- Name: Jiggy Nye
- First Appearance: Meet Felicity
Family and Relationships
Jiggy Nye has no living family; his wife has since passed.
Jiggy Nye is initially a brash, mean drunkard who runs the tannery on the edge of town. He is considered a unreliable, cold-hearted scoundrel who gambles and drinks away his money. Other members of the town do not trust him including Edward Merriman, and he is spoken off in harsh tones. When he drinks too much rum he flies into rages and leaves things undone, including chores. His house is in disarray and the fences around it are falling. Felicity dislikes him more because of his job than his actions, due to her affection for horses and his job of killing them and turning the hides to leather. Due to Jiggy's drinking problem, Mr. Merriman insists he be paid up front for purchases. He also speaks a little archaically, using the word "ye" and insults. He thinks very little of anyone and is not above threatening violence to anyone, including children. He would rather abuse and destroys things than have them taken from him, and refuses to negotiate with anyone.
Jiggy Nye was good with animals before he became a drunkard. It is later in the series that he cleans up his act, enough that Felicity goes to him to help with Penny's delivery.
In the Books
Meet Felicity: An American Girl
Jiggy Nye is spoken of first before he is seen; Edward Merriman says that Ben will be delivering a bit and bridle to him. Mrs. Fitchett gossips that Jiggy Nye needs the bit because he got a new horse without paying for it and tells him to warn Ben not to leave the bridal unless he gets payment. Mr. Merriman says he does not take promises of payment from Jiggy Nye anyways. Felicity overhears this conversation and asks her father if Mr. Nye will harm his new horse; Father assures her by saying that he would be foolish to mistreat a good horse.When Ben and Felicity go to deliver a bit to Jiggy, they hear him showing angrily and a horse's scared whinnies. Felicity runs to see him trying to back the new horse into the shafts of a work cart. He threatens aloud that he will beat the horse and when Felicity calms her for a second with her voice, he takes the time to try and tighten the rope on the horse's neck. This leads to the horse rearing up and almost lifting him off the ground. He yells for Ben to come help him and the two of him.them are unable to settle Penny, who drags them off and forces them to let go. When he accuses Felicity of spooking his horse and calls her a bothersome chit of a girl, she yells back that he knows that he spooked the horse himself. He then turns to Ben and asks what he is there for; when he asks for the bit and Ben says he's to take payment first, he yells for him to keep it as the horse won't take it and threatens them to leave before he whips them. Ben tells Mr. Merriman that he didn't buy the bit, that he can't control the horse enough to harness it. He also says that Jiggy won the horse in a bet from a man who found Penny wandering, but says that this story is not trustworthy from him. Jiggy is next seen when he croaks in Felicity's ear and startles her while she, Nan, and William are at the tannery. He grabs Felicity off the fence when she goes to see Penny a second time. He yells that he told her to stay away from the horse and that the horse is vicious, as she knocked down the fence trying to jump out. He then warns Felicity to not come around spooking her, and to stay away. When Felicity is grabbed again and Penny panics, Jiggy tells her to be quiet and calls her a nag, then tries to beat her with a stick. Penny rears up, startling him to fall back onto the muddy ground. He curses Penny, saying that anyone that can ride her can keep her. He heads towards his house and then tells Felicity to get herself and the brats out of there or he'll skin them alive. At supper when Nan describes how Jiggy was going to beat Penny, Father calls him the worse sort of villain--a horse beater.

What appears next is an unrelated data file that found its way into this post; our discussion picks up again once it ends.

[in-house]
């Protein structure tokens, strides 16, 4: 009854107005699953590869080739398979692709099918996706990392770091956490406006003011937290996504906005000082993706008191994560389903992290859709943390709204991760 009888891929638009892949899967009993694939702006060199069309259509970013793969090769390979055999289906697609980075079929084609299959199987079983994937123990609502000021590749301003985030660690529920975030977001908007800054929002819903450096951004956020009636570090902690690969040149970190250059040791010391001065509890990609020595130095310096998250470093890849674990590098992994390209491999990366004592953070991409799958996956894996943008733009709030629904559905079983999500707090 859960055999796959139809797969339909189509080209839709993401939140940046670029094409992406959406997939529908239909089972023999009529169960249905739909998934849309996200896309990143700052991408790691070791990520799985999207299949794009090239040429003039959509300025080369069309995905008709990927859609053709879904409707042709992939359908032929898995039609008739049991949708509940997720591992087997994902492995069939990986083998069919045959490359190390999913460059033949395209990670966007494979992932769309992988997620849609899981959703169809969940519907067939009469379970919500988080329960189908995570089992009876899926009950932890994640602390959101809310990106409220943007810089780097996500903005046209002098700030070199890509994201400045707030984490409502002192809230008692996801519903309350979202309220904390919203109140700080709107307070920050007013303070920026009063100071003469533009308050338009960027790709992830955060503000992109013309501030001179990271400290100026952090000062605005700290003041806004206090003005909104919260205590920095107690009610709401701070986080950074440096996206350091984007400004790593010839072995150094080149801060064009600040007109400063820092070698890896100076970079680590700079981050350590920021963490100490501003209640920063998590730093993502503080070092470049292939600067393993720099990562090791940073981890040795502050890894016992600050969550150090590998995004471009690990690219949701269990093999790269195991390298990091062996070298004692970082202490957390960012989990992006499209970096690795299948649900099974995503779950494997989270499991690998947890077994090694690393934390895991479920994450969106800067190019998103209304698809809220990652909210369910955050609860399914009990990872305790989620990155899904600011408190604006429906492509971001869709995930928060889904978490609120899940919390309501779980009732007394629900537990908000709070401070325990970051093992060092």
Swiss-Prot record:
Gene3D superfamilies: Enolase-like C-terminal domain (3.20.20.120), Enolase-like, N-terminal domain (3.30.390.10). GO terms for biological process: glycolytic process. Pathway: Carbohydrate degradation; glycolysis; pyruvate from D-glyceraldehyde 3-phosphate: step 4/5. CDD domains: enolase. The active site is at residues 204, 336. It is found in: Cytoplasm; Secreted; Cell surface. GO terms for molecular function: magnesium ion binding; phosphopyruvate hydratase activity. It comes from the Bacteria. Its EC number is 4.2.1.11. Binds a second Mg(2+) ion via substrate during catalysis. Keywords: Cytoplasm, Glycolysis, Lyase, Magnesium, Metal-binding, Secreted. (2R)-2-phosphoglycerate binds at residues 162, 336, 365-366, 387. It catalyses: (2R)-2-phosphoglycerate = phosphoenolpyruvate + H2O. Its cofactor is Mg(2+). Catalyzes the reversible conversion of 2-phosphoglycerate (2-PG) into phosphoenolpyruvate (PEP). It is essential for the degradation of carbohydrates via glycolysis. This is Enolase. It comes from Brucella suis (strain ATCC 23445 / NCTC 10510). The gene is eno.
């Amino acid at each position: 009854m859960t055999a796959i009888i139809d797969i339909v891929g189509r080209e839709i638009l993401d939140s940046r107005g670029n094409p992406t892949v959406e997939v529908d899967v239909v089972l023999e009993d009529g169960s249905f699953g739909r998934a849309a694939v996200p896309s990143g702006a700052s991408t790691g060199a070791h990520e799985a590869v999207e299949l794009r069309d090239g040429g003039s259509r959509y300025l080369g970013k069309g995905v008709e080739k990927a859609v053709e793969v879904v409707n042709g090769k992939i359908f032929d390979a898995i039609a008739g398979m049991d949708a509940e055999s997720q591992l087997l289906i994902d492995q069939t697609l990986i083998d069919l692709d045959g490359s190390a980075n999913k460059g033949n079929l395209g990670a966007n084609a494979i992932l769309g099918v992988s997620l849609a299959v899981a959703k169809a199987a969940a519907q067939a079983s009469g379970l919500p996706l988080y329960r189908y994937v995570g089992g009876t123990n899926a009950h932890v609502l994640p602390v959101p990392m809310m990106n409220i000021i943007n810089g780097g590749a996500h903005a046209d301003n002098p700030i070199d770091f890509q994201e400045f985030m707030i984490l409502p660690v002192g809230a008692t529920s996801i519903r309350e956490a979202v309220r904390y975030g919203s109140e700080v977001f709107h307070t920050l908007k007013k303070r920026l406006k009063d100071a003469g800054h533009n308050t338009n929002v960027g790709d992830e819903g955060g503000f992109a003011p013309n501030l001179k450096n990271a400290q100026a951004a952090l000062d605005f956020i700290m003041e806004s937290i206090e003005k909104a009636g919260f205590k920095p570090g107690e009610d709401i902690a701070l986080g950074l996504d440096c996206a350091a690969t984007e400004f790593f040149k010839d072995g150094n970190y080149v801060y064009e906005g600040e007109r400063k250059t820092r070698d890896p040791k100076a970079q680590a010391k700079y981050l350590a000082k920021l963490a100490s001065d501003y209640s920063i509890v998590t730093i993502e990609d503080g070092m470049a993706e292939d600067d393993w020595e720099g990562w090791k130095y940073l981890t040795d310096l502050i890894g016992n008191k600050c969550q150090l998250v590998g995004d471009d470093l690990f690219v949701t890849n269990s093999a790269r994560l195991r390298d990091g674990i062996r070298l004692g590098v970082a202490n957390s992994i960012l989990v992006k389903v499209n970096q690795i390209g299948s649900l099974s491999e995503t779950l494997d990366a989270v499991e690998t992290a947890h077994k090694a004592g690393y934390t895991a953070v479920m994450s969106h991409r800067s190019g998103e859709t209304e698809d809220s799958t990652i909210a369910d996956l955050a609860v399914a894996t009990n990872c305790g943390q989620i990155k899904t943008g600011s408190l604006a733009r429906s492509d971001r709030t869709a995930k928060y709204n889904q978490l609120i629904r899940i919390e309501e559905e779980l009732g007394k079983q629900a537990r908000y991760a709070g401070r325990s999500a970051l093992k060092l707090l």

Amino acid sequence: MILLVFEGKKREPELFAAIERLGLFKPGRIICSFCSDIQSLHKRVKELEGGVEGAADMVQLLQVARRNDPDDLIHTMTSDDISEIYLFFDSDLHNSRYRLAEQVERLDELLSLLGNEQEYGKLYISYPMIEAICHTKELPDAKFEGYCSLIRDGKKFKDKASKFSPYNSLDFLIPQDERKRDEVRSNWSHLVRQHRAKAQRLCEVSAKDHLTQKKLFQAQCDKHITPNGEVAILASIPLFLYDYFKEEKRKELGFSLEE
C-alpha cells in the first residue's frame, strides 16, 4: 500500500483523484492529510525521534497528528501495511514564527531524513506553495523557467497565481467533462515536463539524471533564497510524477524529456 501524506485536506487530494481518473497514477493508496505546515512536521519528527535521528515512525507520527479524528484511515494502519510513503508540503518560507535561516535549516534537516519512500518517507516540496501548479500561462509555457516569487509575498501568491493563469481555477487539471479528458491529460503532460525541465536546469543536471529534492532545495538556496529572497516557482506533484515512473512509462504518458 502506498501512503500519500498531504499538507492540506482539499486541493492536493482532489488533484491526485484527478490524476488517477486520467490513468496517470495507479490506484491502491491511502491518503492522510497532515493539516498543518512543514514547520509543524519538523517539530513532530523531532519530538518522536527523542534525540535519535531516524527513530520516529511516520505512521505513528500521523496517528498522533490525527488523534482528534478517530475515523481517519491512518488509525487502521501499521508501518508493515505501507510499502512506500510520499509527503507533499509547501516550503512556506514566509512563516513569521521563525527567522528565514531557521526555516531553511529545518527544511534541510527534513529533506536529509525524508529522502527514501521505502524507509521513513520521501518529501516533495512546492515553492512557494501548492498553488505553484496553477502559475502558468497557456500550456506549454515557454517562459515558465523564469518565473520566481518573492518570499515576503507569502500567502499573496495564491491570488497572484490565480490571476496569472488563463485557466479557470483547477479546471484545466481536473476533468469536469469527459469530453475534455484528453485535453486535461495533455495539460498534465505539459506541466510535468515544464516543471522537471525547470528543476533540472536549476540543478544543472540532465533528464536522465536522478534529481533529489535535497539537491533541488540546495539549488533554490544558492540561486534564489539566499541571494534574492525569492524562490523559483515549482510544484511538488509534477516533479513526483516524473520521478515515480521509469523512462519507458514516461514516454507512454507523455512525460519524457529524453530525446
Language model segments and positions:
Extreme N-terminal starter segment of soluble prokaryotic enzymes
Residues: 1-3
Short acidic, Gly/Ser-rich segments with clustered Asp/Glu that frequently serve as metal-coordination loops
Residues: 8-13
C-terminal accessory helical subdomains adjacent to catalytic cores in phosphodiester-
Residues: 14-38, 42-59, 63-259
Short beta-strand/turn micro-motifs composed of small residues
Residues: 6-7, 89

When Felicity starts visiting Penny, Jiggy Nye almost catches her once as he's bringing out water. Felicity listens as he calls Penny a useless horse, saying that there will be no oats until he can ride her and she can starve for all he cares. When Felicity rides Penny away, Jiggy catches up to her and yells that she's stolen the horse. Felicity calls him on the fact that he said anyone who could ride Penny could have her, and when he denies this Nan says that he did say so and that he is a horrible man. Jiggy says he never meant that a girl could take Penny. Mr. Merriman apologizes and says that Felicity didn't understand. Jiggy protests that taking a horse is a crime. When Mr. Merriman offers to buy Penny, Jiggy refuses, saying that he will treat Penny as he wants and that if Mr. Merriman doesn't take Felicity off he'll rip her off. Once Felicity is taken off, he puts a rope on Penny and says that if he sees Felicity around Penny again he'll kill her. Mr. Merriman tells him to be gone and he leaves after spitting in the dirt. This prompts Felicity to sneak out one last time and let Penny go free.